Appellate Division of the Supreme Court of the State of New York, Fourth Department.
Order unanimously reversed, with costs, motion granted and third-party complaint dismissed.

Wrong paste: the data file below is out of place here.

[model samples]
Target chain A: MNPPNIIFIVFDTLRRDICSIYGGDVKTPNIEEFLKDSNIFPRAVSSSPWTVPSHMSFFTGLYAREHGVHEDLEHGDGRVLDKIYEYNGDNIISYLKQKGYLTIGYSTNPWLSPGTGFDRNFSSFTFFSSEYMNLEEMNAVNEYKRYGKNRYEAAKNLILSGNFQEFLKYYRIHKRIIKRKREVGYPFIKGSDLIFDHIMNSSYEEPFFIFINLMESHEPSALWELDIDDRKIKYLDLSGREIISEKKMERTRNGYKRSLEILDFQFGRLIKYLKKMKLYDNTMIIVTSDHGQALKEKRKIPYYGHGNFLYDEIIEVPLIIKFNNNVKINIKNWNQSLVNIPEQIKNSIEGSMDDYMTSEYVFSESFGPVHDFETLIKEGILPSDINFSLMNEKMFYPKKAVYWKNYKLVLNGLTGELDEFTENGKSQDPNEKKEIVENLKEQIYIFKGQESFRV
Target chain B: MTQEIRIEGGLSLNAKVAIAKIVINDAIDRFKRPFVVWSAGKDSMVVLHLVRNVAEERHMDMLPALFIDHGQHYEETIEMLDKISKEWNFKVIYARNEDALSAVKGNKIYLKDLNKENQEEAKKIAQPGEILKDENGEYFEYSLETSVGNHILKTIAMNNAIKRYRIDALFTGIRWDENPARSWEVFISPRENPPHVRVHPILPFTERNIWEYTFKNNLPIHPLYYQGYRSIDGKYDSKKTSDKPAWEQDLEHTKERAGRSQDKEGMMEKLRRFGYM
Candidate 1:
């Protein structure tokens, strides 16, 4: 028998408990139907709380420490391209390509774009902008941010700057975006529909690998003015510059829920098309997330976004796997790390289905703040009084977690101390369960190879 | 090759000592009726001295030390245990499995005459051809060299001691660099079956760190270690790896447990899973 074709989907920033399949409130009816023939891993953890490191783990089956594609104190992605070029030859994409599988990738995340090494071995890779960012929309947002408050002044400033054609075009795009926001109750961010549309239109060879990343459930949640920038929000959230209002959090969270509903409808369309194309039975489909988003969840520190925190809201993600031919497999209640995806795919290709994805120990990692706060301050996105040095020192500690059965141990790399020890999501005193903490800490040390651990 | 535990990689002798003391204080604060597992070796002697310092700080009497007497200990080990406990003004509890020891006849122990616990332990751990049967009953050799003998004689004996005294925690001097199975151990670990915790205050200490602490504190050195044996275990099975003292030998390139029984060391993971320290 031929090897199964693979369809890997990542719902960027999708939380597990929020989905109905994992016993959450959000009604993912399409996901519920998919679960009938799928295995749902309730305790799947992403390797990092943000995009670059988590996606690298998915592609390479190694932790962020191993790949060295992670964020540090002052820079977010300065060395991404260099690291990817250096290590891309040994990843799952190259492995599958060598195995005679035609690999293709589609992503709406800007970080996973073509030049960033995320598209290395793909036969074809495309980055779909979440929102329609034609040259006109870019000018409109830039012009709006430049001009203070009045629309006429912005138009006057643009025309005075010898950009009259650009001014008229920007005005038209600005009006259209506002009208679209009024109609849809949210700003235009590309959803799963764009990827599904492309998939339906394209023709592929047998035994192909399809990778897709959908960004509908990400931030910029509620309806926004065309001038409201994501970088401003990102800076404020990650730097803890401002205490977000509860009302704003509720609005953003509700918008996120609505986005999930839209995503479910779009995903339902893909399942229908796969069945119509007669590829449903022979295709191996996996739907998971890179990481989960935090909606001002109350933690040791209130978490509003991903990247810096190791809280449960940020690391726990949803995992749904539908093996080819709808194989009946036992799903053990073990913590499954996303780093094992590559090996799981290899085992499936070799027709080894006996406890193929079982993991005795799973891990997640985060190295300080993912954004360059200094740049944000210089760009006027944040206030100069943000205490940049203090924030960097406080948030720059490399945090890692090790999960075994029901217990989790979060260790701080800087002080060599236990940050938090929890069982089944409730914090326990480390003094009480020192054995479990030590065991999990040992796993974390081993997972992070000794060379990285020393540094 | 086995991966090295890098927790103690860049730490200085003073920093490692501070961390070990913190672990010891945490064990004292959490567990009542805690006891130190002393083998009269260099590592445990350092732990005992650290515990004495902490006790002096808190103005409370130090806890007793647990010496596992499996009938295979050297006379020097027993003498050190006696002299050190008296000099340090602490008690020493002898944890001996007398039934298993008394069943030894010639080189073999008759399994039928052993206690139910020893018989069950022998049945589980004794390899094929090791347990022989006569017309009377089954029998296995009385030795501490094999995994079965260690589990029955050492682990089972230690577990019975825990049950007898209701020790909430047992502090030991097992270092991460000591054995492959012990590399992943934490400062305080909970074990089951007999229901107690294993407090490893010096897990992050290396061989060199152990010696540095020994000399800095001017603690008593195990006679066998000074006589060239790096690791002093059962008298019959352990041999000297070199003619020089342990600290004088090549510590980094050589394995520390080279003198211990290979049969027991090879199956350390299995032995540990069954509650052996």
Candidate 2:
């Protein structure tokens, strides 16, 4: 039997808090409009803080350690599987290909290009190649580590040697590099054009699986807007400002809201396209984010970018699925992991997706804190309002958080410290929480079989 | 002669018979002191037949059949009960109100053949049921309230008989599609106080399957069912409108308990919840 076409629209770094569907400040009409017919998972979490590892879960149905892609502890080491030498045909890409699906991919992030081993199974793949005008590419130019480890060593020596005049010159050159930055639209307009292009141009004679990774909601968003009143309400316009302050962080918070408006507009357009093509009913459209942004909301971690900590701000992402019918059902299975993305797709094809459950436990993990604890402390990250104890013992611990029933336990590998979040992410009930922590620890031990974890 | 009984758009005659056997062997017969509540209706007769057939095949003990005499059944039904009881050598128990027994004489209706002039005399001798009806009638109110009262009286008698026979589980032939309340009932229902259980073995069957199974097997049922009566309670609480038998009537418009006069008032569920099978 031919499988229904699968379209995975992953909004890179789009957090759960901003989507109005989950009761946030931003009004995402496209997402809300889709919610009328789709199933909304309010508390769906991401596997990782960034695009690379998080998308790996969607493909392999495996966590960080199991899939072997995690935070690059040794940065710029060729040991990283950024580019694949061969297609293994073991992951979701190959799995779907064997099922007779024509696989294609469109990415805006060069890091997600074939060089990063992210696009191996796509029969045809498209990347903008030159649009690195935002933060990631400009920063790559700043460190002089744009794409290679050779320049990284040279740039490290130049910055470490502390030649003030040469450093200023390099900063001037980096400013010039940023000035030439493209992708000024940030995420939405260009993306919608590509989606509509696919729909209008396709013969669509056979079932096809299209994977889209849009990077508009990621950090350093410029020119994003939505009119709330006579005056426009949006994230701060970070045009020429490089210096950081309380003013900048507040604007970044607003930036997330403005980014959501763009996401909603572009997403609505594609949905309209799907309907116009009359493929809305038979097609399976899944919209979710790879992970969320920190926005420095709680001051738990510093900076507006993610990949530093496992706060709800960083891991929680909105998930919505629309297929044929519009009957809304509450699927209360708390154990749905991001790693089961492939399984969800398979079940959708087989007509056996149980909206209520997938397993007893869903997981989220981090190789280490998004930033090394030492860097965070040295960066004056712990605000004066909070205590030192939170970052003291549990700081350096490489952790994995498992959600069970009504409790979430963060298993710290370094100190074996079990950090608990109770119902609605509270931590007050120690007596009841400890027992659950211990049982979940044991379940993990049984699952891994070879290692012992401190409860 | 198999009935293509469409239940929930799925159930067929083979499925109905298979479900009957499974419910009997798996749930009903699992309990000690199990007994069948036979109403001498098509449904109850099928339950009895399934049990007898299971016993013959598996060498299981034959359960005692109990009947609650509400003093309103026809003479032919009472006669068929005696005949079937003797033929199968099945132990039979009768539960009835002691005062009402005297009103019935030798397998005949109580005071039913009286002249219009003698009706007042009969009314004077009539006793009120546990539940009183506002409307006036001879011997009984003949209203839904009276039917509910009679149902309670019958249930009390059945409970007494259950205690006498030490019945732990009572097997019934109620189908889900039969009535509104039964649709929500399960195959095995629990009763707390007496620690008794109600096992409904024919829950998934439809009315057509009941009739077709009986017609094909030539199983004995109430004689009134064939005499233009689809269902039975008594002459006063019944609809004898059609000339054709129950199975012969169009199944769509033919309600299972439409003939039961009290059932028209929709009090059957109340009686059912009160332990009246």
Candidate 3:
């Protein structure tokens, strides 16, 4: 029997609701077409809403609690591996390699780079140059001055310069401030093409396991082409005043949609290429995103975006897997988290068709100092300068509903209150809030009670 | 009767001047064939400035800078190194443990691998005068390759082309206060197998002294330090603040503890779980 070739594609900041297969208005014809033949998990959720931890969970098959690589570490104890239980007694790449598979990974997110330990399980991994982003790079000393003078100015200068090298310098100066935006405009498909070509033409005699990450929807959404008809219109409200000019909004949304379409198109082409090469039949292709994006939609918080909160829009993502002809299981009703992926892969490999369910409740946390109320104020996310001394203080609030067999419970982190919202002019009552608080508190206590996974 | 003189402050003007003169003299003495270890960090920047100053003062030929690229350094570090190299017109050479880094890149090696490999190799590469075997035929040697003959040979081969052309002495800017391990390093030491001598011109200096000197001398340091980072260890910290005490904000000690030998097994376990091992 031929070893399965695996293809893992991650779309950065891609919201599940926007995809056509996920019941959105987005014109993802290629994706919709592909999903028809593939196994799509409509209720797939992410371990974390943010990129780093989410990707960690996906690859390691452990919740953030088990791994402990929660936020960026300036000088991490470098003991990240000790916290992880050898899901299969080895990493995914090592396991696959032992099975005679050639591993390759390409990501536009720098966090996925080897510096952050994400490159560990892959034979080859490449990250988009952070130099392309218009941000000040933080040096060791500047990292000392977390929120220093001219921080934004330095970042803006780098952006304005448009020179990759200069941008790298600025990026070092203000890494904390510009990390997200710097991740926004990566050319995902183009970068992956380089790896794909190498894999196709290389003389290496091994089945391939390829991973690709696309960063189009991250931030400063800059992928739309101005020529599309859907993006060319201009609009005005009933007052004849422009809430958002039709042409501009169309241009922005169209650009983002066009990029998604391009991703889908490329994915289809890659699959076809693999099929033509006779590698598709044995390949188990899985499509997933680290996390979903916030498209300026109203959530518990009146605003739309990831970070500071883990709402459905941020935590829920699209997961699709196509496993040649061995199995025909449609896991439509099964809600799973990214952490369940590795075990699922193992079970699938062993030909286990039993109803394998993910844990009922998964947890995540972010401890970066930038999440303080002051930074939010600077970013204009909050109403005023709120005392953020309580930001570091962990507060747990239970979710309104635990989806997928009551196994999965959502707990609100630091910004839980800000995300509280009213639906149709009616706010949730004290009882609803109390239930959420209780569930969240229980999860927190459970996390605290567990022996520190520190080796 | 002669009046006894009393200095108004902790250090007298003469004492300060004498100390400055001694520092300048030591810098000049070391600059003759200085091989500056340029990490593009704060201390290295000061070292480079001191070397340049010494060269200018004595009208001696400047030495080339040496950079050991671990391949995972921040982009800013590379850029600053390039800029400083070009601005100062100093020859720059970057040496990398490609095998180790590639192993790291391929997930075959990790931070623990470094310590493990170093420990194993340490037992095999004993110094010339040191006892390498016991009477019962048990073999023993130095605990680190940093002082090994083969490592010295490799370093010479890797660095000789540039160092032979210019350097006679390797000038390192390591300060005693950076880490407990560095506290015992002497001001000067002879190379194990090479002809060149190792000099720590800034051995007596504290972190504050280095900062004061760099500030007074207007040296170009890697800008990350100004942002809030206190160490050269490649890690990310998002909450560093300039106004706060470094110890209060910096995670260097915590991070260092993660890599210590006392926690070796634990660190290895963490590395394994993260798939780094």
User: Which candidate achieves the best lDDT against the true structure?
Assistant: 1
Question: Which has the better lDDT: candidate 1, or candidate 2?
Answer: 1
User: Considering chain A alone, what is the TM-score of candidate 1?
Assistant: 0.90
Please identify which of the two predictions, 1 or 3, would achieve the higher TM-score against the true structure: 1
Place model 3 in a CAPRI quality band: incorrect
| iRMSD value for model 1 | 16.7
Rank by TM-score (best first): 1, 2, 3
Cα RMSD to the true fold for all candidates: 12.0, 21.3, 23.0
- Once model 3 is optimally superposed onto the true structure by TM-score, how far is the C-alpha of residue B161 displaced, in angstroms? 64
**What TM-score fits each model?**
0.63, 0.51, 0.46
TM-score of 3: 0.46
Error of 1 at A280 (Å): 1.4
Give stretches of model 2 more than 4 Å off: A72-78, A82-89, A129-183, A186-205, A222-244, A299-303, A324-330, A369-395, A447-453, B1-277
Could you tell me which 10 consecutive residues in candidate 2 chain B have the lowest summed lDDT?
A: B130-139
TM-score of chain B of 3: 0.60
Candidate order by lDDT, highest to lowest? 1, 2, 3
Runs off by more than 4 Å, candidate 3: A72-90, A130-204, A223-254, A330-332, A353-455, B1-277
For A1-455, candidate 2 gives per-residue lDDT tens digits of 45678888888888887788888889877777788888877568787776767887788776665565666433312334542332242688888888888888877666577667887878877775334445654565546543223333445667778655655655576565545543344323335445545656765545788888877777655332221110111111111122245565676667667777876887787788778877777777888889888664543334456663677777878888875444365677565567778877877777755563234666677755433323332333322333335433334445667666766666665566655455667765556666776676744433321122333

The third-party defendant (Smith) appeals from an order denying his motion to dismiss the third-party complaint. Plaintiff's complaint states a cause of action under the "Dram Shop Act" (General Obligations Law, § 11-101; Alcoholic Beverage Control Law, §§ 65, 130, subd. 3) as well as a cause of action in negligence. The sale of intoxicating liquor to an intoxicated person is active wrongdoing giving rise to no claim over against the intoxicated person (Yamonaco v. Murphy, 38 Misc.2d 585). The complaint alleges that plaintiff was assaulted by Smith in defendant's restaurant and sustained injuries as the result of defendant's negligence in failing properly to supervise the premises, in failing to afford protection to plaintiff and in failing to control the conduct of other patrons. "A claim over against a third person charging the third person with active negligence will be allowed if the original complaint can reasonably be interpreted as including an allegation of passive negligence on the part of the defendant * * * Conversely, where the defendant is alleged to be guilty only of active as distinguished from passive negligence impleader is improper as a matter of law." (Putvin v. Buffalo Elec. Co., 5 N.Y.2d 447, 455.) "Acts of omission constitute active negligence as well as acts of commission" (Bush Term. Bldgs. v. Luckenbach S. S. Co., 9 N.Y.2d 426, 430). If none of the allegations of the complaint can be construed as charging defendant with liability without active fault on its part, the defendant may not seek recovery over from a third person (Bush Term. Bldgs. v. Luckenbach S. S. Co., supra, pp. 426, 430, 431; Dole v. Dow Chem. Co., 35 A.D.2d 149, 151; Fiandach v. Mindnich, 33 A.D.2d 1096). None of the allegations of the complaint herein can be construed as charging defendant with liability without active fault on its part. The allegations charge defendant only with active negligence and wrongdoing. It follows that defendant may not seek recovery over from appellant. (Putvin v. Buffalo Elec. Co., supra.)